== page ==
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on Jun 1, 2011 in Aviation

Now, Let’s Juice This Thing Up!

You might be wondering, “Is it hard to sit in a seat in the wind and shoot?” It really isn’t, it’s not as windy as you might think, at least it wasn’t as windy as I thought it would be. What was hard was to think about photography and not just sit there and enjoy the flight. In fact, there were many times when I did just that, sat, look, stared, dreamed and watch the countryside slip by. I can’t thank Mike enough for not only the opportunity but the amazing night. Whata flight!

OK, back to work. With the limited buffer of the D3x and since we were flying which means things go by quickly and there is no repeats, taking care with picture taking is important. So the first think I watched was the lighting on the wings and the ground. Look at the top photo, see how the wings are in shadow? This to me isn’t light and airy and doesn’t communicate the sheer joy of being in an open cockpit plane flying. With that in mind and Mike did the wing overs I would first enjoy the banked turn and then watching the light, bring the camera up with the strut shadows could be used to lead the eye into the frame.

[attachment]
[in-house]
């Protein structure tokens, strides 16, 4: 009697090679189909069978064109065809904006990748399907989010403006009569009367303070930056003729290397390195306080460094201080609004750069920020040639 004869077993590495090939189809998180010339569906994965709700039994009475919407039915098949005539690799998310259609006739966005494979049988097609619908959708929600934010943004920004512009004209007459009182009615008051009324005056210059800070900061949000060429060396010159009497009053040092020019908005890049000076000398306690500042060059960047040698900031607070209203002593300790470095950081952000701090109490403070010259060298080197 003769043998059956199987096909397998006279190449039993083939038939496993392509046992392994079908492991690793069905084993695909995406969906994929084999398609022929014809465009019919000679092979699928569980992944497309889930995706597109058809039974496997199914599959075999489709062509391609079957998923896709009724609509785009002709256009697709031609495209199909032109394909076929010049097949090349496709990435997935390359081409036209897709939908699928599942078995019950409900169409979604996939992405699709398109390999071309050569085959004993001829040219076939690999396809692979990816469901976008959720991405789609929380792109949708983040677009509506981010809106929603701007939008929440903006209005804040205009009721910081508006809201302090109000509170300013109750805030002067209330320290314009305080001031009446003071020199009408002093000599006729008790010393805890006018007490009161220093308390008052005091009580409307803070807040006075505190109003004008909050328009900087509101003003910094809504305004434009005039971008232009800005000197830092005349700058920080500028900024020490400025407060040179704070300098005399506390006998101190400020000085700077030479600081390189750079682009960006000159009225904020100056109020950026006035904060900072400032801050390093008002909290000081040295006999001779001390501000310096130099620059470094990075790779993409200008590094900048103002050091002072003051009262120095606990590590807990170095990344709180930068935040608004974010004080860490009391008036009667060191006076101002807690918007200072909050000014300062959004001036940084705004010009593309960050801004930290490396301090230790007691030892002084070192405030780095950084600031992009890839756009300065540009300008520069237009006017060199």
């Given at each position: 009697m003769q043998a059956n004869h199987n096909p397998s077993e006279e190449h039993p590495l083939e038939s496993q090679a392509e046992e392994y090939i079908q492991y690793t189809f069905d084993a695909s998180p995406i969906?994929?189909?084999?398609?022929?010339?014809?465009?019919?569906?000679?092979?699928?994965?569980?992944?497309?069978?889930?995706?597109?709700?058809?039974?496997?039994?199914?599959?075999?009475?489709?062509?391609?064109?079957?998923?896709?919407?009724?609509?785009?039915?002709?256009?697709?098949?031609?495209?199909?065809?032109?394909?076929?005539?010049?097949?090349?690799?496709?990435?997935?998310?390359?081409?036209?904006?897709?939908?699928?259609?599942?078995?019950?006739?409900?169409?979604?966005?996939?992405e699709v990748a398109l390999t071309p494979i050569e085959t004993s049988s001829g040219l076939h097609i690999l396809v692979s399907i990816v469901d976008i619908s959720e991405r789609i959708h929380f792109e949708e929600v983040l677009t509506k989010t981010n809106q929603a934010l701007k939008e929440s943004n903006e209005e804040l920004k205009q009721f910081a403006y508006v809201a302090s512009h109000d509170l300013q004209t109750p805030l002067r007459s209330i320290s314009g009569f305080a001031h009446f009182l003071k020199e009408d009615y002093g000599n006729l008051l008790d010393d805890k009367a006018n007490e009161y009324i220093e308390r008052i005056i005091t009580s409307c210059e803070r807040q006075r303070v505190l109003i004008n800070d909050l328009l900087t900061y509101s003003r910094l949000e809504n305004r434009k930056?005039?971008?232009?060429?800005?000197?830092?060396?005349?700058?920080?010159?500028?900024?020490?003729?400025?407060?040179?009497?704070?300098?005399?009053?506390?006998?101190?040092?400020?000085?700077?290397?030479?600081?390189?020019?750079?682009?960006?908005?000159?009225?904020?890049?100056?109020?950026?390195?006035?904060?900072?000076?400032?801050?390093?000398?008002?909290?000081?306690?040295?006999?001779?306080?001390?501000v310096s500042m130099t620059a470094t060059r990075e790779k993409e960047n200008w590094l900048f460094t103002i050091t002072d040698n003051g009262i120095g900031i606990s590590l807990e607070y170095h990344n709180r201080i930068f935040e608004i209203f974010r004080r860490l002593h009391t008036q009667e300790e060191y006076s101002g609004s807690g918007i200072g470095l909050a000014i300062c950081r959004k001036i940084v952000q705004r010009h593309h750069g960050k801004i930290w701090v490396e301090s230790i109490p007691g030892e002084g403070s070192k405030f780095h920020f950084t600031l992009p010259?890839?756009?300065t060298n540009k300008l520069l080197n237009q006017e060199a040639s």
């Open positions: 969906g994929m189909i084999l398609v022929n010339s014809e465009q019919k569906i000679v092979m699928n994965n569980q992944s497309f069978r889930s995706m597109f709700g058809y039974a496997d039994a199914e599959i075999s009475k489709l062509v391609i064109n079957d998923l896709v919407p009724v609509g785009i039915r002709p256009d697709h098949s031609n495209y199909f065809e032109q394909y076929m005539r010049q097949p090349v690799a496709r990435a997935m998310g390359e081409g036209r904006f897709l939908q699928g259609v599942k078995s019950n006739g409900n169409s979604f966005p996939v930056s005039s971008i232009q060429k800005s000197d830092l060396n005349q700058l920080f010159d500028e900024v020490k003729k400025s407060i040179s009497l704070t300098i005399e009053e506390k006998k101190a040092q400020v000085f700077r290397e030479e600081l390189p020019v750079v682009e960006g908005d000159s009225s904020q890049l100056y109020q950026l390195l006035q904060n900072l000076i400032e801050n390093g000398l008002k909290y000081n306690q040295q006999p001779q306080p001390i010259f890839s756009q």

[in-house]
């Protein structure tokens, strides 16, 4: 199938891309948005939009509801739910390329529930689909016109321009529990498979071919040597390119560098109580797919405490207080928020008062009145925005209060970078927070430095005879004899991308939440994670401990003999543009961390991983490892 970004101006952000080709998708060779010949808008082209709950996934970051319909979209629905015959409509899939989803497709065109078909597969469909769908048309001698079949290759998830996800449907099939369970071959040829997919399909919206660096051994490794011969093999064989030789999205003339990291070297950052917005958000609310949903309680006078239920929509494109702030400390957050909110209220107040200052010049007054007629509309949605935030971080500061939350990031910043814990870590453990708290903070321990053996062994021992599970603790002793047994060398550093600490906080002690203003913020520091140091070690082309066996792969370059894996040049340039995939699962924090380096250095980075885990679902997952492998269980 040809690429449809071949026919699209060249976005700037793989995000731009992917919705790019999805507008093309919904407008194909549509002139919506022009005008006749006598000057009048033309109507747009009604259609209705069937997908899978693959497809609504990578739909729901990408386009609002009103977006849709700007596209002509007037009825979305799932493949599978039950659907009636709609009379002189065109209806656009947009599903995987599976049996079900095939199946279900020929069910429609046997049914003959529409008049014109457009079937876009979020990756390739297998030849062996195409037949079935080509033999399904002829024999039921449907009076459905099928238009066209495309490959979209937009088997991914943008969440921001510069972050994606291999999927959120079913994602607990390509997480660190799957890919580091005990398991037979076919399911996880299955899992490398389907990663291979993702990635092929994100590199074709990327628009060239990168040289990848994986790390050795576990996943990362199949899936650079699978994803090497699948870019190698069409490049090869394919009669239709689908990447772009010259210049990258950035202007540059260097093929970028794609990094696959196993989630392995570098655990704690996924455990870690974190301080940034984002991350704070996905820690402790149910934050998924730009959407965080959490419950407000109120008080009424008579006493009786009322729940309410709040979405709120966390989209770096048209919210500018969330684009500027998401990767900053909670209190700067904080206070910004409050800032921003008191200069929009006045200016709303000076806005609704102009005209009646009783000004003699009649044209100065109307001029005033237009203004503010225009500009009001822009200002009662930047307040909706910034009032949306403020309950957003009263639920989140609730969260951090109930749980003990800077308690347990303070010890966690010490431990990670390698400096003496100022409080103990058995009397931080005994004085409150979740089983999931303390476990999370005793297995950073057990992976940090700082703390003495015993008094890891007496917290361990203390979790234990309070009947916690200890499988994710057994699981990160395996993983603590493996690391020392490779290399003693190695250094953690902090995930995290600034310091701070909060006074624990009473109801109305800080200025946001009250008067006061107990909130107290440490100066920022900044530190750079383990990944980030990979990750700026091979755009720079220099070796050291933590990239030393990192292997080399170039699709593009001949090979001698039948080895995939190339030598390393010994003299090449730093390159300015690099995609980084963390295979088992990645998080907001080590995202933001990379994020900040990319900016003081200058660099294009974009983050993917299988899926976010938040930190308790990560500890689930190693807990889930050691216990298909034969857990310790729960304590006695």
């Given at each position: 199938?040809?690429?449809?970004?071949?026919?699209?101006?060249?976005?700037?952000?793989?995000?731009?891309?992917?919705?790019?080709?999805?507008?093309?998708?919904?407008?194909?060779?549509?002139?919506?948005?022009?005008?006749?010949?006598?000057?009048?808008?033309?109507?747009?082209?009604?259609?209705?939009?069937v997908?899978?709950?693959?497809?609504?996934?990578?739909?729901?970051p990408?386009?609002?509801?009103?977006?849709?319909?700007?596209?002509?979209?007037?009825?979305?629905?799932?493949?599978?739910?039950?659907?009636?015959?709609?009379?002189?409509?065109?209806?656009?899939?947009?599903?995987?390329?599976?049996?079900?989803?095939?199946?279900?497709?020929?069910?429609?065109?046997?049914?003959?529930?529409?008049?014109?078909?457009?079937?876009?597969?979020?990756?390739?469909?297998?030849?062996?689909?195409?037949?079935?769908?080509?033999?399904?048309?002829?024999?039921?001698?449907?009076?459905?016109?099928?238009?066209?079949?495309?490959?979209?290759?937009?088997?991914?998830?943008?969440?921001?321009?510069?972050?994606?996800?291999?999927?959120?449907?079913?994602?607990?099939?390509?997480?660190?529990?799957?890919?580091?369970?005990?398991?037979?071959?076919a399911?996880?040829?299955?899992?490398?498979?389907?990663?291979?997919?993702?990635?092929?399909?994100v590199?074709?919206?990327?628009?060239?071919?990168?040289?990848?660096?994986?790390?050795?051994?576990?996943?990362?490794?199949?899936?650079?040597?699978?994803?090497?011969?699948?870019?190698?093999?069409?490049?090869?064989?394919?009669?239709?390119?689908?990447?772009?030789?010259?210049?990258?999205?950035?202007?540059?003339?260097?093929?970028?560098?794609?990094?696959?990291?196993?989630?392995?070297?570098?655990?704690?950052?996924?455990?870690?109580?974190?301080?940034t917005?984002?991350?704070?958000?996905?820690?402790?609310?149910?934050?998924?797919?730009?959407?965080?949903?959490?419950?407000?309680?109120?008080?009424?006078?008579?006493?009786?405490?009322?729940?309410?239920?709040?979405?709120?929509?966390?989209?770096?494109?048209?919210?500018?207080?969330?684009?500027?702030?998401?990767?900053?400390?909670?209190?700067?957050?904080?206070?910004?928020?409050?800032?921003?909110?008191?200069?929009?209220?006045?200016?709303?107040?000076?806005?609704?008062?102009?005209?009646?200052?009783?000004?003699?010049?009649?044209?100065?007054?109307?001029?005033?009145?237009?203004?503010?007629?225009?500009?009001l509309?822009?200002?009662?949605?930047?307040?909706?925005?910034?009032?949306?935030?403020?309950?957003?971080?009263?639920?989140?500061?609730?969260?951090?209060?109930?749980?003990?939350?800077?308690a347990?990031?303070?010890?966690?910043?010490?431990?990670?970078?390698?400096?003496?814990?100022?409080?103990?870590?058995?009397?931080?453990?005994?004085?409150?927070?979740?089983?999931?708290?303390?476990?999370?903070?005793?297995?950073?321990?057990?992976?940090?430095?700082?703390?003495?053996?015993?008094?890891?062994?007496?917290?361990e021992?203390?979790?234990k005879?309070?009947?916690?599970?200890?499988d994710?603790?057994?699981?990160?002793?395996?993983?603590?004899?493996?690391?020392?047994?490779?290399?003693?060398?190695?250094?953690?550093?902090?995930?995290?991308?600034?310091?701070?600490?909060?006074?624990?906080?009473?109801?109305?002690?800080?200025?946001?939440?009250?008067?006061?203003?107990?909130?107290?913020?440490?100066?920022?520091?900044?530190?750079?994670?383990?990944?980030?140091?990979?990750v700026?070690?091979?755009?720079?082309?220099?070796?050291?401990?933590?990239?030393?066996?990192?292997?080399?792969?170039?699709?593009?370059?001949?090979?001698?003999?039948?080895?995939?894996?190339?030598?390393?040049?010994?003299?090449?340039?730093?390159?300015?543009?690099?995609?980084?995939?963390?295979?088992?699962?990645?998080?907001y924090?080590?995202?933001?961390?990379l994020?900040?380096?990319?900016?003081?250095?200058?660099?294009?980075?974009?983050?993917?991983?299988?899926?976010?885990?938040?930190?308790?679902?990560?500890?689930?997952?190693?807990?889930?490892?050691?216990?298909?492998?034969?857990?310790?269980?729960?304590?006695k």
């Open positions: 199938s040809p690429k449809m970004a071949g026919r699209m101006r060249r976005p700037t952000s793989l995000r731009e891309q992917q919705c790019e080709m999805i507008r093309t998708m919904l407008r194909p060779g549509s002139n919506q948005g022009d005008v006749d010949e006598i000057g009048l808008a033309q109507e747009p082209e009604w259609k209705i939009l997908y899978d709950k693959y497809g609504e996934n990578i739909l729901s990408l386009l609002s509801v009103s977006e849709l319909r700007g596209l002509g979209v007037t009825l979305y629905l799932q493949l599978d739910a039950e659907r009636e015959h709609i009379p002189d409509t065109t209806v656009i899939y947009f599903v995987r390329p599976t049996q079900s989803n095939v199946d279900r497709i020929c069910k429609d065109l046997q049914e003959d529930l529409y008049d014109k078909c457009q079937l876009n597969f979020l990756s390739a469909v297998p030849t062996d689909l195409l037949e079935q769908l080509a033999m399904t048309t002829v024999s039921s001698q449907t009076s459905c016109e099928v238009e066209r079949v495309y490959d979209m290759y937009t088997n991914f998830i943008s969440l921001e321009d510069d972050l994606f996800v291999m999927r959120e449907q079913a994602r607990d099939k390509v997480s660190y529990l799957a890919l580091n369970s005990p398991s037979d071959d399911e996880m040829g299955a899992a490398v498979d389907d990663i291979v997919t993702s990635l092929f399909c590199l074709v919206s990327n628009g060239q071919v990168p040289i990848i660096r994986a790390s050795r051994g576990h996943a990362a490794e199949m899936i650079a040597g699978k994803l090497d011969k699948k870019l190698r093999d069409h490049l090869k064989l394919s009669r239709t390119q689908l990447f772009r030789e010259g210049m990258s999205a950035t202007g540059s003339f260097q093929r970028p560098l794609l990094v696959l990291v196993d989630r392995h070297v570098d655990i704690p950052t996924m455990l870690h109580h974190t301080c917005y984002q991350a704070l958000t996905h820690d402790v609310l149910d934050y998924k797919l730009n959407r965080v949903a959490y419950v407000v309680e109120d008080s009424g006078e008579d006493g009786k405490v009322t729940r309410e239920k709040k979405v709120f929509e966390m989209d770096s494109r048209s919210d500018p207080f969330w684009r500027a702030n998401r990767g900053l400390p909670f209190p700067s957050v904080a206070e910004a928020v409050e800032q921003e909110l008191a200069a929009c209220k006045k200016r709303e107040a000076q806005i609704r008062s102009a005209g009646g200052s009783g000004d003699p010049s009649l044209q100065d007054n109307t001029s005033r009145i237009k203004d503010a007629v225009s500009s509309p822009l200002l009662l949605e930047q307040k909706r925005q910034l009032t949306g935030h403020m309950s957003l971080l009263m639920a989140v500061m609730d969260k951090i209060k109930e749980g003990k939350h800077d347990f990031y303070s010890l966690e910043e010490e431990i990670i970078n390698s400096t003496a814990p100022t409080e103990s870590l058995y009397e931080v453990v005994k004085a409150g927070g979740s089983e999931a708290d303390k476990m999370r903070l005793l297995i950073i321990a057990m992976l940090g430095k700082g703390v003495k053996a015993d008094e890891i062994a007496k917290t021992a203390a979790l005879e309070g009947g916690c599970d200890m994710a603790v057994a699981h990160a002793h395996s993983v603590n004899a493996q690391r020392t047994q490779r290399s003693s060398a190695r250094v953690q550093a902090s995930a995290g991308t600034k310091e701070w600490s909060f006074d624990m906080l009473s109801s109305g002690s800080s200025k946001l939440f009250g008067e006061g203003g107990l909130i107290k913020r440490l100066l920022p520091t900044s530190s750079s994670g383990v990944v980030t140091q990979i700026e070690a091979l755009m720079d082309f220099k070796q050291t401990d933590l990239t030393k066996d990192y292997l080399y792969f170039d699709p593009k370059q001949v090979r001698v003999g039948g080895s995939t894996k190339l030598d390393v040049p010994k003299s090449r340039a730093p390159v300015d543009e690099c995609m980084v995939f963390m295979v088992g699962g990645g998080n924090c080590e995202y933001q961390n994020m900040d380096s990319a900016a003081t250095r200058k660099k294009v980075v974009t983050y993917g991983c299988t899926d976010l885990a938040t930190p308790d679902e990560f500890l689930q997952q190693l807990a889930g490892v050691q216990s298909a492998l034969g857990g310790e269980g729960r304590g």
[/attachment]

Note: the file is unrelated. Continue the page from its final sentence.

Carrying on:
After that, it was all about the background (it’s always about the background with me) and in this case, it was earth. I wanted the curved horizon which from our angle and the 16Fish was easy to do. If the wing weren’t in the middle of the frame like the top frame, you see the curve of the earth looking a little off to say the least. This meant the wing need to be centered so the curve would look correct. So you add up lens, light and background in the bottom photo and you get the kind of images I was after while having the time of my life!

Photos captured by D3x, 16Fish on Lexar UDMA digital film